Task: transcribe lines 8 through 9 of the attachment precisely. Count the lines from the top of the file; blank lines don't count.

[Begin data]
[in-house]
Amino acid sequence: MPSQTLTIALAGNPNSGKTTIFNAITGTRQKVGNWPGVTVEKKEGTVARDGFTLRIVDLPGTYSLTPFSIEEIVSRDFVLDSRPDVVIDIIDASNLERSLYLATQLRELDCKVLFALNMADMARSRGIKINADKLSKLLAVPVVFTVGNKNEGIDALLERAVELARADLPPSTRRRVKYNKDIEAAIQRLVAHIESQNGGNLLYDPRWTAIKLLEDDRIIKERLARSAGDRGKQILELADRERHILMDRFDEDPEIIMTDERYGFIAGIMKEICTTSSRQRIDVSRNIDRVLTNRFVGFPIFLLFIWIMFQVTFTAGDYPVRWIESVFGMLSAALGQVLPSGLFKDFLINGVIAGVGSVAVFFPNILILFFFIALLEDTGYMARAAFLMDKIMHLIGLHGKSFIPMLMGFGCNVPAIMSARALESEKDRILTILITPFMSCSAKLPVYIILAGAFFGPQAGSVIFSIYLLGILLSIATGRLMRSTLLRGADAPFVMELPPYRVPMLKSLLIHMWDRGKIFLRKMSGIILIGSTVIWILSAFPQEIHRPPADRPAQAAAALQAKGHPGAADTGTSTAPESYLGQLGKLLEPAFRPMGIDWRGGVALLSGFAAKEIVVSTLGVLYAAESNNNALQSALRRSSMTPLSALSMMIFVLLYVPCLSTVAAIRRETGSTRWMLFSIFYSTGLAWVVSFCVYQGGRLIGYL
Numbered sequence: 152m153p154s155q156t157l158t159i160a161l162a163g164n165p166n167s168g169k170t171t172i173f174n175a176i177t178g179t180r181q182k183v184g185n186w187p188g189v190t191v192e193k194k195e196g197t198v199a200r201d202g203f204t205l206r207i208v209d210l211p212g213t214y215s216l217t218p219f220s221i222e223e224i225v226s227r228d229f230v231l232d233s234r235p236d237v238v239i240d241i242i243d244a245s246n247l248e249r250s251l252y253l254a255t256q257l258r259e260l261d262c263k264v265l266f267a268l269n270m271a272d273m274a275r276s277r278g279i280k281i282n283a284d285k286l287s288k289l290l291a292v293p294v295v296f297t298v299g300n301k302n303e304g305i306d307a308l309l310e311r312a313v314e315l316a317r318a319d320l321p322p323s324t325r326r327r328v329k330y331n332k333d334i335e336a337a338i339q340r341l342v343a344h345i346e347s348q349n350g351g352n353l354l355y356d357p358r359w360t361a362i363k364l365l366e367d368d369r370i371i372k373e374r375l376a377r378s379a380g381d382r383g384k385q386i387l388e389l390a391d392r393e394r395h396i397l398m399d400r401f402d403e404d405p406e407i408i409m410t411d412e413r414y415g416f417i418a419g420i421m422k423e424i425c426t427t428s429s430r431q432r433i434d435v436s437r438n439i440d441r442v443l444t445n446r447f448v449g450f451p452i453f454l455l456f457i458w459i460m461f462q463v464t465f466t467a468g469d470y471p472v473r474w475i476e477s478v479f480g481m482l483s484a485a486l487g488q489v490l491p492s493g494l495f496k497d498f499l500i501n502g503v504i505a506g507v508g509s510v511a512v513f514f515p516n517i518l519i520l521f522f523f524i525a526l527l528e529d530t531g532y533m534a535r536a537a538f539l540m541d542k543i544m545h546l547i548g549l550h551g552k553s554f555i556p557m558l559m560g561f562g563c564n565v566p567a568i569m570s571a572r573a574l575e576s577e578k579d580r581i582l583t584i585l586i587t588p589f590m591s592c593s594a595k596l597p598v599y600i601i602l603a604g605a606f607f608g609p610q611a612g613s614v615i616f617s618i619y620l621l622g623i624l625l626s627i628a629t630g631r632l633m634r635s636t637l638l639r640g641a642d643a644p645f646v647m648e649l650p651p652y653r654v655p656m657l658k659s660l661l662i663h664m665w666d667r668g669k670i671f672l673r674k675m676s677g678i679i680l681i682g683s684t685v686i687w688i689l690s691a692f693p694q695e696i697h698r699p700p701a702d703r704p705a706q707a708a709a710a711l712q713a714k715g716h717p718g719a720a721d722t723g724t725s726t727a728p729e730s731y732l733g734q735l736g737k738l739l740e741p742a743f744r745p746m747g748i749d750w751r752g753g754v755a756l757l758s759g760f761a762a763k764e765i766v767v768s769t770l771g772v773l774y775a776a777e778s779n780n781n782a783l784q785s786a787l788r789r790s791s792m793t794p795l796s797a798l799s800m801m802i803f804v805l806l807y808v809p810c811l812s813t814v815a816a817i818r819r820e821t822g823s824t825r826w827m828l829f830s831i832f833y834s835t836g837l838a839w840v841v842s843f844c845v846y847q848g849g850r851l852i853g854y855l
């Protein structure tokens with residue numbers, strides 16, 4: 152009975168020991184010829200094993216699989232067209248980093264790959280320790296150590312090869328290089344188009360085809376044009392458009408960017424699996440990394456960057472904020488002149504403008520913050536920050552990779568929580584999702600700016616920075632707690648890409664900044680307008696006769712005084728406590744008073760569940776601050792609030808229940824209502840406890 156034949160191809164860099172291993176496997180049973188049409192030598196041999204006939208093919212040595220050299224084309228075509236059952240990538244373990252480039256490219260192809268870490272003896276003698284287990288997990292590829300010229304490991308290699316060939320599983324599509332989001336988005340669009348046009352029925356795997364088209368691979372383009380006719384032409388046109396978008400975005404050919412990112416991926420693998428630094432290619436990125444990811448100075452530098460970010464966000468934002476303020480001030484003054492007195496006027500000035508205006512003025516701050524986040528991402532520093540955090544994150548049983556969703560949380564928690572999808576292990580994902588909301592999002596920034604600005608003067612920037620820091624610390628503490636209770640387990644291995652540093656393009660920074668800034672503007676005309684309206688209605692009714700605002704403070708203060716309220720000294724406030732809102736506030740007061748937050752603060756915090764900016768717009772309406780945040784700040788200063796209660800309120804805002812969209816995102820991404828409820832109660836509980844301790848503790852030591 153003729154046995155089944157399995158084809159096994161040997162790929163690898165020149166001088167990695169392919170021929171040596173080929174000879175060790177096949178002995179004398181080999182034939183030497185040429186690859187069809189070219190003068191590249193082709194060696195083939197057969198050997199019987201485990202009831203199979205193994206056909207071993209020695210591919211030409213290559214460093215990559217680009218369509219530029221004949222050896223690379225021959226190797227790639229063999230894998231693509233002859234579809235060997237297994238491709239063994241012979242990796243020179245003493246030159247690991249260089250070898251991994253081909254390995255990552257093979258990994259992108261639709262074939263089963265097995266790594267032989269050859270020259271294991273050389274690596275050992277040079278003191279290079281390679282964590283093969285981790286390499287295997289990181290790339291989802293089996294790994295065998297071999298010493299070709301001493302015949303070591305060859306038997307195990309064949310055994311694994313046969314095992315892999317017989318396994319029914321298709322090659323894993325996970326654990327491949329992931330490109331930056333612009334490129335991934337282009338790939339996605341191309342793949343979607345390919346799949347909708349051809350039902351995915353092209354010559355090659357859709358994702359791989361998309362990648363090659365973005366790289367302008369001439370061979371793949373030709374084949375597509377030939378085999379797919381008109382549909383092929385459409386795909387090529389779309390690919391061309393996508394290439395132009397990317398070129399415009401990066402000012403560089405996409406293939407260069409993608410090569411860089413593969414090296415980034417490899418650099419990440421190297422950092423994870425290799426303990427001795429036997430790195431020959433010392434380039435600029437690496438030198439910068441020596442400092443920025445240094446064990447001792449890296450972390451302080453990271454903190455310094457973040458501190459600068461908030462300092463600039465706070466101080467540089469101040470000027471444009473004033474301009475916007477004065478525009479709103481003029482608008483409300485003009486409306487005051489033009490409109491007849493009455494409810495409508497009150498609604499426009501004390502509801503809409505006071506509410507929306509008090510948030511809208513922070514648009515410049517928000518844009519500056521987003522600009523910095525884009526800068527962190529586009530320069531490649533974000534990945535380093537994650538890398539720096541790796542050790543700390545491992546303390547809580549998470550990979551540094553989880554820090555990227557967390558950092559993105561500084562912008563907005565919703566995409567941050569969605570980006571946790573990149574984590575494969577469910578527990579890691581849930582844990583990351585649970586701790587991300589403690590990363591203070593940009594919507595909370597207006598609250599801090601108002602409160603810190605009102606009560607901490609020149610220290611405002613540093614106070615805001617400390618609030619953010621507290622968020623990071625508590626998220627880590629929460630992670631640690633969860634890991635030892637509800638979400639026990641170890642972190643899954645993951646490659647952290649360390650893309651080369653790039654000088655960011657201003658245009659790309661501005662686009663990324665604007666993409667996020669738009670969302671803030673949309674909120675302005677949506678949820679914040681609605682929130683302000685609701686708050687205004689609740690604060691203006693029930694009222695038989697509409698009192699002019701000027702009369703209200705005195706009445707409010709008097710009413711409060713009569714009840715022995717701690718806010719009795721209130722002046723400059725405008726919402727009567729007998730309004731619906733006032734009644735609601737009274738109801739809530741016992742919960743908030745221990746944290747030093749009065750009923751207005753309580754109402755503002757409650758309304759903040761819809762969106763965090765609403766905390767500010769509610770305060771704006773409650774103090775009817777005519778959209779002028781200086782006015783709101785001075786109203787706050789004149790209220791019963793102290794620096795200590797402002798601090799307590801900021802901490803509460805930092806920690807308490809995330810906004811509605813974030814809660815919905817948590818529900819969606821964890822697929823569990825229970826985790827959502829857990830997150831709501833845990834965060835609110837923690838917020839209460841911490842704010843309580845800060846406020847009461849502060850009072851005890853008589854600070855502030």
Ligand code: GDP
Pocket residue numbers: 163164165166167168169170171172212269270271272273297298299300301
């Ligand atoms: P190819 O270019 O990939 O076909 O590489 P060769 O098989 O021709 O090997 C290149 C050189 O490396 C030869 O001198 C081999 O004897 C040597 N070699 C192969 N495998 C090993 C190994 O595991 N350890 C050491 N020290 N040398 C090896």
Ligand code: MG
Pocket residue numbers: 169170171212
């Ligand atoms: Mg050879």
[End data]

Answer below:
Ligand code: MG
Pocket residue numbers: 169170171212